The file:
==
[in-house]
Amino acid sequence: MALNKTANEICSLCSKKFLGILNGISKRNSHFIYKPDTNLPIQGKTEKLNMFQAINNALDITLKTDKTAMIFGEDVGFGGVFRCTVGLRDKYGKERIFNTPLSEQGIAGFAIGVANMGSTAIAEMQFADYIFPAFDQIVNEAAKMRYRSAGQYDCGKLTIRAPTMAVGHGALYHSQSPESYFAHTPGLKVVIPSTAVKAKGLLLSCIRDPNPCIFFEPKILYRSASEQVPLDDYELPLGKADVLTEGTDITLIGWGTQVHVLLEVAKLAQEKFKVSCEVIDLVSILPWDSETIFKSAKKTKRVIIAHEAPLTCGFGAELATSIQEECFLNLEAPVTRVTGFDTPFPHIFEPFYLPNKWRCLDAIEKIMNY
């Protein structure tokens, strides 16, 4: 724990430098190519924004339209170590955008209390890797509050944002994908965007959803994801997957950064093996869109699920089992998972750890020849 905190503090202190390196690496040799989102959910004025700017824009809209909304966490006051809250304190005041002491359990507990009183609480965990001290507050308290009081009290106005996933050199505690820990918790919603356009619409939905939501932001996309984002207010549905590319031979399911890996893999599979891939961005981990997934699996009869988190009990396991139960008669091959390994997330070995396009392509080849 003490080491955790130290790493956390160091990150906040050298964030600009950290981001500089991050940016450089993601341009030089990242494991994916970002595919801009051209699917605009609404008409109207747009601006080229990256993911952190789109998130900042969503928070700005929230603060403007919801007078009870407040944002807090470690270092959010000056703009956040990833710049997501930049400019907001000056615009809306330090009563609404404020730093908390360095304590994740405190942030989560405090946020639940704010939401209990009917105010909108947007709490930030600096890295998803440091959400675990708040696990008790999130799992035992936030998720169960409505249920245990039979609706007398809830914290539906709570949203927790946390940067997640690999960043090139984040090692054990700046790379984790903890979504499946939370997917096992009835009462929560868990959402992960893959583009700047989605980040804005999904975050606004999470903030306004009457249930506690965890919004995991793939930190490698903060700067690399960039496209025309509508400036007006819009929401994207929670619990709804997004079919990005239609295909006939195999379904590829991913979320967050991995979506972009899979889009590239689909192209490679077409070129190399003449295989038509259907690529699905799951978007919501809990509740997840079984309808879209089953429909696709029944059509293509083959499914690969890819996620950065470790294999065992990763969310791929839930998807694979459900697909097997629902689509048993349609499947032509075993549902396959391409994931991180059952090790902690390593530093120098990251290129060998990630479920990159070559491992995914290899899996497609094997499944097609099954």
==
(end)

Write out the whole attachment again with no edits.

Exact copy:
[in-house]
Amino acid sequence: MALNKTANEICSLCSKKFLGILNGISKRNSHFIYKPDTNLPIQGKTEKLNMFQAINNALDITLKTDKTAMIFGEDVGFGGVFRCTVGLRDKYGKERIFNTPLSEQGIAGFAIGVANMGSTAIAEMQFADYIFPAFDQIVNEAAKMRYRSAGQYDCGKLTIRAPTMAVGHGALYHSQSPESYFAHTPGLKVVIPSTAVKAKGLLLSCIRDPNPCIFFEPKILYRSASEQVPLDDYELPLGKADVLTEGTDITLIGWGTQVHVLLEVAKLAQEKFKVSCEVIDLVSILPWDSETIFKSAKKTKRVIIAHEAPLTCGFGAELATSIQEECFLNLEAPVTRVTGFDTPFPHIFEPFYLPNKWRCLDAIEKIMNY
């Protein structure tokens, strides 16, 4: 724990430098190519924004339209170590955008209390890797509050944002994908965007959803994801997957950064093996869109699920089992998972750890020849 905190503090202190390196690496040799989102959910004025700017824009809209909304966490006051809250304190005041002491359990507990009183609480965990001290507050308290009081009290106005996933050199505690820990918790919603356009619409939905939501932001996309984002207010549905590319031979399911890996893999599979891939961005981990997934699996009869988190009990396991139960008669091959390994997330070995396009392509080849 003490080491955790130290790493956390160091990150906040050298964030600009950290981001500089991050940016450089993601341009030089990242494991994916970002595919801009051209699917605009609404008409109207747009601006080229990256993911952190789109998130900042969503928070700005929230603060403007919801007078009870407040944002807090470690270092959010000056703009956040990833710049997501930049400019907001000056615009809306330090009563609404404020730093908390360095304590994740405190942030989560405090946020639940704010939401209990009917105010909108947007709490930030600096890295998803440091959400675990708040696990008790999130799992035992936030998720169960409505249920245990039979609706007398809830914290539906709570949203927790946390940067997640690999960043090139984040090692054990700046790379984790903890979504499946939370997917096992009835009462929560868990959402992960893959583009700047989605980040804005999904975050606004999470903030306004009457249930506690965890919004995991793939930190490698903060700067690399960039496209025309509508400036007006819009929401994207929670619990709804997004079919990005239609295909006939195999379904590829991913979320967050991995979506972009899979889009590239689909192209490679077409070129190399003449295989038509259907690529699905799951978007919501809990509740997840079984309808879209089953429909696709029944059509293509083959499914690969890819996620950065470790294999065992990763969310791929839930998807694979459900697909097997629902689509048993349609499947032509075993549902396959391409994931991180059952090790902690390593530093120098990251290129060998990630479920990159070559491992995914290899899996497609094997499944097609099954």